***

 

Reflections

I was having a lot of fun playing with the cameras at the zoo when I came upon a water feature with turtles and fish.  The plexiglass enclosure extended above the waterline providing multiple reflective surfaces.

And here’s the result.

The surface of the water is both transparent and reflective.  So you can see the turtles and the fish in the water, below the waterline.  But you can also see their mirror images above the waterline on the inside surface of the plexiglass.  It looks like they are swimming around me.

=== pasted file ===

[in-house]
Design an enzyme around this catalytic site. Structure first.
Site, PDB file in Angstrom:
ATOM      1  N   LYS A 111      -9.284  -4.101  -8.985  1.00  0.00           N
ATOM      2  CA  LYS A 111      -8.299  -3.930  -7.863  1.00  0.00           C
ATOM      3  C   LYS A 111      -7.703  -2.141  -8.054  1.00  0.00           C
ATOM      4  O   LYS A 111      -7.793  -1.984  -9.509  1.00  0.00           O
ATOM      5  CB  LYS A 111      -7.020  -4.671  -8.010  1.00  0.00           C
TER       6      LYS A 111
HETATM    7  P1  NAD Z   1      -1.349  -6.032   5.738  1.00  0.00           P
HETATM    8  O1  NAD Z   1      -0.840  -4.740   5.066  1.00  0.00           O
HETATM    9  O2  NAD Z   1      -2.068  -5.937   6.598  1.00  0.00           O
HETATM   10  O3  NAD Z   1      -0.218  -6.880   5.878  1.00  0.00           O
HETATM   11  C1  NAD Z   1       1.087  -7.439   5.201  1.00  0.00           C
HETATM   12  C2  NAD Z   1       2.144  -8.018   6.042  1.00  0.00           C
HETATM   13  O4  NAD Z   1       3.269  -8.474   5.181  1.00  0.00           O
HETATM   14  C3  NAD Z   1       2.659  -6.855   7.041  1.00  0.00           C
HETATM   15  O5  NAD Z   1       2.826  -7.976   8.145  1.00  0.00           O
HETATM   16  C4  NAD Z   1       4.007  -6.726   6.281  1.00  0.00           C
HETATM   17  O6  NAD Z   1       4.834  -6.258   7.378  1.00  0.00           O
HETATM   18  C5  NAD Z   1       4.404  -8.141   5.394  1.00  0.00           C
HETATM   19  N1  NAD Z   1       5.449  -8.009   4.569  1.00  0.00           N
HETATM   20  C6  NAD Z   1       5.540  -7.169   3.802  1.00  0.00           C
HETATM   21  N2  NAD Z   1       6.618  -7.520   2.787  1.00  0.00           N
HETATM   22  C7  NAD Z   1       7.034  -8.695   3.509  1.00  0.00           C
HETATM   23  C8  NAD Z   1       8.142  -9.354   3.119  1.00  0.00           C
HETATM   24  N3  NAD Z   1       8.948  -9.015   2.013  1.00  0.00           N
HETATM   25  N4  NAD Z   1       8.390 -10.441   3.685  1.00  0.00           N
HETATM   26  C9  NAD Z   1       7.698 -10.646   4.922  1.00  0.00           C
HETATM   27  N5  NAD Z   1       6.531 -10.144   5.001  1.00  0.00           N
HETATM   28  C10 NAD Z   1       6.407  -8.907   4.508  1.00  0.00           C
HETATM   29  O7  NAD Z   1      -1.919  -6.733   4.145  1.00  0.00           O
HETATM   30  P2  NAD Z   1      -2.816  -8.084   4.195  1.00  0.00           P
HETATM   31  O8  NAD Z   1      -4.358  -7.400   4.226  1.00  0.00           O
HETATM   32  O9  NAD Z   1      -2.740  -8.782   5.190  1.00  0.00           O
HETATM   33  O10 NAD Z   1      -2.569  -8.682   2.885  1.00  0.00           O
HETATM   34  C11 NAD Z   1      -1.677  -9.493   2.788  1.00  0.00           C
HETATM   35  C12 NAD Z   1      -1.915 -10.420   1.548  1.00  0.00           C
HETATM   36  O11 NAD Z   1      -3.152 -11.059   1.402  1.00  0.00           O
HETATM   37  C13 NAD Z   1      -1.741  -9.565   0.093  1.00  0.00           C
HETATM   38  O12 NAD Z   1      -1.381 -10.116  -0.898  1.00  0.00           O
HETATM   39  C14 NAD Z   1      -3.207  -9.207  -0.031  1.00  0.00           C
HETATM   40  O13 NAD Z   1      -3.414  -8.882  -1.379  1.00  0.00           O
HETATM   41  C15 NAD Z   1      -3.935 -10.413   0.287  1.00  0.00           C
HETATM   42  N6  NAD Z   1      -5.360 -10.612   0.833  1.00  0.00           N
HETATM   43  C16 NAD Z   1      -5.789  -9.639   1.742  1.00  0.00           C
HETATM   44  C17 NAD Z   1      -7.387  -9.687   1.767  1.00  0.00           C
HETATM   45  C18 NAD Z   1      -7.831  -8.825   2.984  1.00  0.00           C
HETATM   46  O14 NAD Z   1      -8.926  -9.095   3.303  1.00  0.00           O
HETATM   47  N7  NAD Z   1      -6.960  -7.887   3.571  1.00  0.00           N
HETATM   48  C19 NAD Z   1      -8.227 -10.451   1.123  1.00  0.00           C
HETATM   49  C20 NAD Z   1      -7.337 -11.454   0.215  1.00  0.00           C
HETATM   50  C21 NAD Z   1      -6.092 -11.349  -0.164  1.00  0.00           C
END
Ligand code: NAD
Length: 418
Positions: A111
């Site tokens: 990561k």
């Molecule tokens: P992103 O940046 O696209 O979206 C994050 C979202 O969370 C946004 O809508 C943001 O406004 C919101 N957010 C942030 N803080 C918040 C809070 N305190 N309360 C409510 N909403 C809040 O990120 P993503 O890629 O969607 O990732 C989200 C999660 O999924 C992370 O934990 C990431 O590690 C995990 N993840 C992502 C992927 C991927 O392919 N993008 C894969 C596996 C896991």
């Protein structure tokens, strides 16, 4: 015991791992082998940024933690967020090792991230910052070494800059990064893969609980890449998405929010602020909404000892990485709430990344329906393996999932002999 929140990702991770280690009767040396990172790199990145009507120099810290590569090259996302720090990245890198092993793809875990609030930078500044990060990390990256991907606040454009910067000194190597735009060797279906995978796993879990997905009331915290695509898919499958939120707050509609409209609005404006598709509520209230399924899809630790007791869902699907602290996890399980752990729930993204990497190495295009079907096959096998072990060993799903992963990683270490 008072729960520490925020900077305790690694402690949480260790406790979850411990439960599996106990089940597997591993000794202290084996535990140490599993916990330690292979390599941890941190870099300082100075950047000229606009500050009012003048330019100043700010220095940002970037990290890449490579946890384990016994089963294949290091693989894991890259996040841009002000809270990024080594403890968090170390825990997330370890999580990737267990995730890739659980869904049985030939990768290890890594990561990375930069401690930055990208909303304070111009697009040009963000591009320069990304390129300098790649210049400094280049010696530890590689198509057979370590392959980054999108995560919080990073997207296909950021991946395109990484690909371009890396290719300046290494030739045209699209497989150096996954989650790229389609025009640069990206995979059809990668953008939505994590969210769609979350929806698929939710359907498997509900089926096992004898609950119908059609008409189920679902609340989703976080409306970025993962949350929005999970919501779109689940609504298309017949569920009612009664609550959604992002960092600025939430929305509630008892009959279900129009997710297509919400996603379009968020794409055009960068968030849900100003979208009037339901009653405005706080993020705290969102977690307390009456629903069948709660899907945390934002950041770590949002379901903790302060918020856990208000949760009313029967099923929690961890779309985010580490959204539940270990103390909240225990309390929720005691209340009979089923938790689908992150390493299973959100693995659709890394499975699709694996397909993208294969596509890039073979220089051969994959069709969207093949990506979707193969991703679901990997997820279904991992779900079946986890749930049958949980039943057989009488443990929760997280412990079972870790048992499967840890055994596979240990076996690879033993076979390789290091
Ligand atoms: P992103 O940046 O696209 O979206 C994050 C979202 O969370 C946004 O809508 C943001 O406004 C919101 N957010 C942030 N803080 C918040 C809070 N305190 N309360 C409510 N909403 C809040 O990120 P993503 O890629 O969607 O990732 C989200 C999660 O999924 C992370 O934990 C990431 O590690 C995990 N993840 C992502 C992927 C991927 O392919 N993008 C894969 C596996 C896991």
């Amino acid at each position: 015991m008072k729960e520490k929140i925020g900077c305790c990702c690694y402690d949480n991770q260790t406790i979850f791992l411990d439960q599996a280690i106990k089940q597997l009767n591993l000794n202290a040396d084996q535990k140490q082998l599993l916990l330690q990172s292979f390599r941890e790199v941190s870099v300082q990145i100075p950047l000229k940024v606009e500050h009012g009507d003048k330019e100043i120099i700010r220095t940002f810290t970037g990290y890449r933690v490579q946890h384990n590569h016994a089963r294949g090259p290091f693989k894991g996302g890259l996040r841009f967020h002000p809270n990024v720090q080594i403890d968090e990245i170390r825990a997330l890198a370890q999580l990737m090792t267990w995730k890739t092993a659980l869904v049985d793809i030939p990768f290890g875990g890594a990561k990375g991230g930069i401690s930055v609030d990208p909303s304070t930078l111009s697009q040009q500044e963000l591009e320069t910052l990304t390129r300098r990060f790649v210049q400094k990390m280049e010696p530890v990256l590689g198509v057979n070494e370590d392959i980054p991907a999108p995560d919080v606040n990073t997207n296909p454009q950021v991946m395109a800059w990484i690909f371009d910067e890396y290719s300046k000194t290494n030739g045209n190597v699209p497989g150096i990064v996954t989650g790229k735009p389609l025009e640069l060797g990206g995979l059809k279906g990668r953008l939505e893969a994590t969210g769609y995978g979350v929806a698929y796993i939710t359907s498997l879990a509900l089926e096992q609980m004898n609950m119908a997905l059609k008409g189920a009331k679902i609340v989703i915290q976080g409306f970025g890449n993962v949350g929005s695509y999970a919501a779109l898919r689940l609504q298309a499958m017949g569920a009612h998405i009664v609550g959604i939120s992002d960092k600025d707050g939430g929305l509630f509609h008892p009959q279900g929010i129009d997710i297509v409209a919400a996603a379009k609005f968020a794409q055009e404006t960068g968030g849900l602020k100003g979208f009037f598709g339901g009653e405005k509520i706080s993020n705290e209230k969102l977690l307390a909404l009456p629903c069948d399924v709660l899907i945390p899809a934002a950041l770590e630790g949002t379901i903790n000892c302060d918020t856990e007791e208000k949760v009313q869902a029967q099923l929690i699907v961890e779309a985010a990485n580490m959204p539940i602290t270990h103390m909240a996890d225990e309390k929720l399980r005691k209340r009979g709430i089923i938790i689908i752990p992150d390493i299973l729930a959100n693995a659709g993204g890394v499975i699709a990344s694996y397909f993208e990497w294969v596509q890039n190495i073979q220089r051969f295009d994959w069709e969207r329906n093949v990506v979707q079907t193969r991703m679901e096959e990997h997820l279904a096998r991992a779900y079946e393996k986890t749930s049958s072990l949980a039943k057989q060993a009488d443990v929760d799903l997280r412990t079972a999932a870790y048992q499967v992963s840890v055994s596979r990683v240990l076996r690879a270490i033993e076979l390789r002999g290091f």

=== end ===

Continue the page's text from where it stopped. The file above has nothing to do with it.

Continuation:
The palm leave floating half submerged also reflects off the inner wall of the plexiglass giving it the appearance of being both in and out of the water.

My reflection from the outer wall of the plexiglass bounces back to the camera so you can see me using my cell phone for the pic.  My digital camera hanging off my shoulder at my side.

While the woman walking towards me from the opposite direction reflects off the inner wall of the plexiglass, or possibly the surface of the water, or perhaps it is not a reflection at all, but the camera just captures her directly.  But it projects her to appear as though she is riding in my left shirt pocket.

What fun!

***

Zoo - Reflections